Also, most logos can be created with software as simple as MS Paint, or you can use the freeware GIMP image editor, so you won’t incur any investment cost outside of your time. Head to 99designs or CrowdSpring where you’ll find a list of projects that need logos. Come up with something brilliant, and if yours is chosen, you’ll get the money — often hundreds of dollars for even small projects.

The downside to this is that it falls somewhere between “real” work and contest submissions. But with every attempt your work will become better, along with your understanding of what people are looking for in a logo.

11. Be a Microstock Photographer.

People are constantly in need of stock photography for websites, presentations, brochures and so on, and are willing to pay for the right image.

Obviously, the greater the image quality, the more favorable it will be to buyers, so it’s worth investing in a solid DSLR camera or equivalent — but not always entirely necessary. People generally search for images on stock photography sites by keywords, not by photographer, so you have the same chance as anyone else of having your image picked. Just be careful that you don’t have images of trademarked brands, copyrighted art or people’s faces that are readily identifiable (unless you have a model release), but just about anything else is fair game, and I promise you’ll be amazed what images people need, so don’t make any assumptions. If it’s a decent photo, upload it.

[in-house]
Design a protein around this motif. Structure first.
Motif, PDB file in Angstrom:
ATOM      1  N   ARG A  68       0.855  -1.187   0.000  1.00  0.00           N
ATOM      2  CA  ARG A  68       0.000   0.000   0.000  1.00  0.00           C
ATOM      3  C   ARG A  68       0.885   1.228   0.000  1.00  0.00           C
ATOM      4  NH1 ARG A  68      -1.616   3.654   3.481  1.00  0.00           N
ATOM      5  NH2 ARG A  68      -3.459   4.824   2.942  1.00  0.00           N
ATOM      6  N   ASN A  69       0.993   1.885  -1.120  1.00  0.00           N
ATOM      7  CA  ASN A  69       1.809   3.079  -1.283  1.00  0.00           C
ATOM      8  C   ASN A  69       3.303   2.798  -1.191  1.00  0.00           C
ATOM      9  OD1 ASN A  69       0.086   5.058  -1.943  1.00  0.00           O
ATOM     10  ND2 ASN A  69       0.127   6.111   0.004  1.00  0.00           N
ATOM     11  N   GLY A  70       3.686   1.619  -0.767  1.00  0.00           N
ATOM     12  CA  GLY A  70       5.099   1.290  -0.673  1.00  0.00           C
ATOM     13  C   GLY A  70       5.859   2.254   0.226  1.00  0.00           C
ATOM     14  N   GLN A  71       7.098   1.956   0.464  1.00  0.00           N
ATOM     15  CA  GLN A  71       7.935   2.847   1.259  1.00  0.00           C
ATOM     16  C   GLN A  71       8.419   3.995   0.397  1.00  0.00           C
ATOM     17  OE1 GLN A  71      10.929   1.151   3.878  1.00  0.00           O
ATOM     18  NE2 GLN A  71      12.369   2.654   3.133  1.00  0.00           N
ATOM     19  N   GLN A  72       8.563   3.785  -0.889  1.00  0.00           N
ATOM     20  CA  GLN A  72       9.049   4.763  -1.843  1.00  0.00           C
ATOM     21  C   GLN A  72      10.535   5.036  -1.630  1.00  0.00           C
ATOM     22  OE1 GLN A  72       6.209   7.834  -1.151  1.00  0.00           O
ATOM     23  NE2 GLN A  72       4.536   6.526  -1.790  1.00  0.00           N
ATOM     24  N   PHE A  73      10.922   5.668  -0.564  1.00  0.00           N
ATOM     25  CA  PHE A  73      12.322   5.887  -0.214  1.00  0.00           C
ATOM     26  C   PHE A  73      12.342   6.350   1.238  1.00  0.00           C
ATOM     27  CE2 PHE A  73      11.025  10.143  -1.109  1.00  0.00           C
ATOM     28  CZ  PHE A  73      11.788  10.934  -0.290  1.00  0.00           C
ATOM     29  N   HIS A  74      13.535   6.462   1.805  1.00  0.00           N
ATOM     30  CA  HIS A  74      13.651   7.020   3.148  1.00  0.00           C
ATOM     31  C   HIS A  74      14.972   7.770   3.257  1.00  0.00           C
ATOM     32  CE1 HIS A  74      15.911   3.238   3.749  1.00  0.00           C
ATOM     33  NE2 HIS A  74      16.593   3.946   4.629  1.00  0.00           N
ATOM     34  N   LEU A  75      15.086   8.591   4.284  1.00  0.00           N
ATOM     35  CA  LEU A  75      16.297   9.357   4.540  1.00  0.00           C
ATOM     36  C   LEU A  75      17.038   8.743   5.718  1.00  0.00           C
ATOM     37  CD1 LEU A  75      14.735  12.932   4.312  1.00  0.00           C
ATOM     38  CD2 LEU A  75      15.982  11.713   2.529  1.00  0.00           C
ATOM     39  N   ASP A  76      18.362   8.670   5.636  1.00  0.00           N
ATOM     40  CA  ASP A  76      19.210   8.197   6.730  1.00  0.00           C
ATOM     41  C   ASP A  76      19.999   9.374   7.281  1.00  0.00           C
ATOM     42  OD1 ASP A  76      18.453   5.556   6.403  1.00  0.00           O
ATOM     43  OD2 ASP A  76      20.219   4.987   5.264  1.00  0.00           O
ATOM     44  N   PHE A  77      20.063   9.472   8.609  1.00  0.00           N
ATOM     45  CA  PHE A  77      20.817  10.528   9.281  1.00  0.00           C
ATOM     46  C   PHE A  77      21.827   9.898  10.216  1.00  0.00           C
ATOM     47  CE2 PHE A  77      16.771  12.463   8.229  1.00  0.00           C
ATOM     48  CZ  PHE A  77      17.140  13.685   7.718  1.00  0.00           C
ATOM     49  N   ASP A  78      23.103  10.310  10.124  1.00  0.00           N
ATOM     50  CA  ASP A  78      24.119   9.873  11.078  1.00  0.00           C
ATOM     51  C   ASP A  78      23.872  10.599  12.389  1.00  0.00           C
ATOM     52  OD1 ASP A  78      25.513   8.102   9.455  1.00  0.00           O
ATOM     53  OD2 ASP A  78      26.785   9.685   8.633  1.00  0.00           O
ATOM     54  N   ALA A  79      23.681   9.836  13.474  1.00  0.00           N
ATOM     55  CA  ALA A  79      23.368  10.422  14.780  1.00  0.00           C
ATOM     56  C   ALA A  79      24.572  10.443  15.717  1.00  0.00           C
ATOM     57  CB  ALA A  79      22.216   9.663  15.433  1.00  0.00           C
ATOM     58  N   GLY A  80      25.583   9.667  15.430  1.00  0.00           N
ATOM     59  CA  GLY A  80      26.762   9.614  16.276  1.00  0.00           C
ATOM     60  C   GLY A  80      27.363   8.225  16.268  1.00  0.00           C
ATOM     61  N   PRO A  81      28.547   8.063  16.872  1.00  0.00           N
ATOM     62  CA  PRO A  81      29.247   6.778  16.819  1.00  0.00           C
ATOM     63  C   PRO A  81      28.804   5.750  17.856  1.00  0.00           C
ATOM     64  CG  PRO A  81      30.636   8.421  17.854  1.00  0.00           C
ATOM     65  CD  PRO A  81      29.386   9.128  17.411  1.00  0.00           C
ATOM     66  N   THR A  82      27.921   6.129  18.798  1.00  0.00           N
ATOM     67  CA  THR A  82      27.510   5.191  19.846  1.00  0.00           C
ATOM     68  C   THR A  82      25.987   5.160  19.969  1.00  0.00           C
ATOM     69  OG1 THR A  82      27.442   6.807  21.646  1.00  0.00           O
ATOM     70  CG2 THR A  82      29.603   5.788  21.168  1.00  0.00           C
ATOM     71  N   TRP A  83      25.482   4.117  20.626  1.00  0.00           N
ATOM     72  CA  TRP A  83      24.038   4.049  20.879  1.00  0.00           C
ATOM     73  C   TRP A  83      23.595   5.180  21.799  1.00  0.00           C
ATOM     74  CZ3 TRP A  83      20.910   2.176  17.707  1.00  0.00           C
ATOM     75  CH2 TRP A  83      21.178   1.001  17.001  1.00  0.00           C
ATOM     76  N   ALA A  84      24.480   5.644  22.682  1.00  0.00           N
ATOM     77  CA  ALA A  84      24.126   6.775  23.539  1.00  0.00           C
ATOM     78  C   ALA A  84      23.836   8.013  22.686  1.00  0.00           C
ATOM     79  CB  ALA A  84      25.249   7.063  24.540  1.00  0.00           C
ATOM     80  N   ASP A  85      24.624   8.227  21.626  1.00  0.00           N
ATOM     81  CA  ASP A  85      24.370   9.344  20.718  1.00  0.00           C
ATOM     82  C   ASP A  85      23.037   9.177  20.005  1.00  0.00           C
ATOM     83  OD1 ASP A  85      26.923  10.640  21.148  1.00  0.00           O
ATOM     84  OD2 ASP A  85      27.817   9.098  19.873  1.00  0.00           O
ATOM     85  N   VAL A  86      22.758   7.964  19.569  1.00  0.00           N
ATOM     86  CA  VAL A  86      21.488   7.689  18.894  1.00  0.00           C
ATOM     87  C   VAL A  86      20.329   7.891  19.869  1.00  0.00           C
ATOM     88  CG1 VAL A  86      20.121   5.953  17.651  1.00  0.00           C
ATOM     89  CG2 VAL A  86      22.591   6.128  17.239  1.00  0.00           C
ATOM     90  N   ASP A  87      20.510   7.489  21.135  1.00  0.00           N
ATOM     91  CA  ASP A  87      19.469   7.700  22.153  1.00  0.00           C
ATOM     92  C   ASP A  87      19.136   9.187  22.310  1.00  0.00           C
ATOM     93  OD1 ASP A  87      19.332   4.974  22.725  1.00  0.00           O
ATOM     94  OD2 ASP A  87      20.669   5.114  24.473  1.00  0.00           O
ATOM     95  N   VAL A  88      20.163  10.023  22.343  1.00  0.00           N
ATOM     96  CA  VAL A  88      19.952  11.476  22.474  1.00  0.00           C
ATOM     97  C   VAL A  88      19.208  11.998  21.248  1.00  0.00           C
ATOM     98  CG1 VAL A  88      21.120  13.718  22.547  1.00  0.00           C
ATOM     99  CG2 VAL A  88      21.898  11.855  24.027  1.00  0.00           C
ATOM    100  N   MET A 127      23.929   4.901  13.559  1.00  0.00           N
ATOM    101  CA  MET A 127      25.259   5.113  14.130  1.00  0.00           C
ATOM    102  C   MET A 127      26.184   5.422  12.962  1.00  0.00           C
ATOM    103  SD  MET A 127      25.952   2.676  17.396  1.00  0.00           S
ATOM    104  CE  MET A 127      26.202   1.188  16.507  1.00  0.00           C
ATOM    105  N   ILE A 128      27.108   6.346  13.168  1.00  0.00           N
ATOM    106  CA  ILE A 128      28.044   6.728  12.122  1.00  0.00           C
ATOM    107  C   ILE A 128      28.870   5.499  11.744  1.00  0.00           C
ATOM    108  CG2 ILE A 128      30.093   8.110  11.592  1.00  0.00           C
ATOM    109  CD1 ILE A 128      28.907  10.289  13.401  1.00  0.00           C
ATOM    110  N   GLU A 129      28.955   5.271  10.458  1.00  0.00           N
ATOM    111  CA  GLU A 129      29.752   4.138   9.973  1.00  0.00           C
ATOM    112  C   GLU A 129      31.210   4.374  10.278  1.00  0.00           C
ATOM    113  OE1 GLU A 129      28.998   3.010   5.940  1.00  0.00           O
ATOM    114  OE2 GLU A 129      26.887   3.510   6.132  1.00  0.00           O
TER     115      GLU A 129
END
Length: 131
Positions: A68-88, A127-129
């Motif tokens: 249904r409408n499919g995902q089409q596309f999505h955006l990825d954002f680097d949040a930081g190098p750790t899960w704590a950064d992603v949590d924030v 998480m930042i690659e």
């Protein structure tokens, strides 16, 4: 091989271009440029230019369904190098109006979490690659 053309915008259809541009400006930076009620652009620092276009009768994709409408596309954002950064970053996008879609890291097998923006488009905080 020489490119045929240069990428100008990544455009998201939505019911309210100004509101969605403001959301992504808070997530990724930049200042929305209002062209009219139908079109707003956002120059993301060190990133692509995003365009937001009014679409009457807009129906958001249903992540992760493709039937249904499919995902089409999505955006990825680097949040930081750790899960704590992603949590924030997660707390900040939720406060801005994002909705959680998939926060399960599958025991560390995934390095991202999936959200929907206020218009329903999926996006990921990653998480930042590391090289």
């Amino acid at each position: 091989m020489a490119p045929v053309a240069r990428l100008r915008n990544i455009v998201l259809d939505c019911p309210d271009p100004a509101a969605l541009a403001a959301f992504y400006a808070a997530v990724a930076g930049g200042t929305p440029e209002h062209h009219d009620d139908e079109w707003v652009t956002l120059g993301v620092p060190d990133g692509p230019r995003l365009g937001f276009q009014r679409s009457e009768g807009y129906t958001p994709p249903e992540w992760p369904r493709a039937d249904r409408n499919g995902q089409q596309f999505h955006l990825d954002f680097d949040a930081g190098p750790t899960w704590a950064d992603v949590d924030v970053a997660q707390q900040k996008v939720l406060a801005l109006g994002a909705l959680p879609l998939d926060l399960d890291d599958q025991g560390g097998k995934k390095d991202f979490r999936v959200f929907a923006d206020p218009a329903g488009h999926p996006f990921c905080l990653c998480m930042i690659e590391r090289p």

Fotolia, ShutterStock, Dreamstime, and iStockphoto are a few places you can get started uploading your future grade school textbook centerfolds.

12. Play games for peanuts.

If you’re thinking that making money from playing games sounds too good to be true, think again — it’s true, it’s just too good to be easy. So, if your aspirations of becoming a professional video game tester or sponsored Halo player aren’t panning out as you’d hoped, a website called Moola.com might be the next best thing.

With Moola, players receive free “credits” to wage against others in return for watching a 10, 15, or 30 second video advertisement and randomly answering a trivia question about it. In this way, players have the ability to accrue more credits without actually risking any money. Once you’ve accumulated a confident bankroll, bets can be placed and real money won, and you can cash out after you’ve made at least $10.

In theory, after winning 27 consecutive games you’ll have a balance of $1,342,177.28. However, whether anyone’s ever reached this far (much less the top of the Moola Tower) is both debatable and unlikely. The upper limit of winnings ends somewhere around $10 million.

13. Start a content site.

The most common way webmasters earn money is probably from contextual programs such as AdSense.

It’s quick and doesn’t involve any complicated new skills. Simply put up a website containing useful content, add the code provided by Google, get a few links to the page, and wait. In theory, traffic will start flowing in, the volume depending on the website topic and the quality of content.

Visitors see ads served by Google and related to the content of the page. Each time they click on an ad you get anywhere from a few cents to several dollars. I personally know at least 20 webmasters who earn in excess of $10,000 per month this way.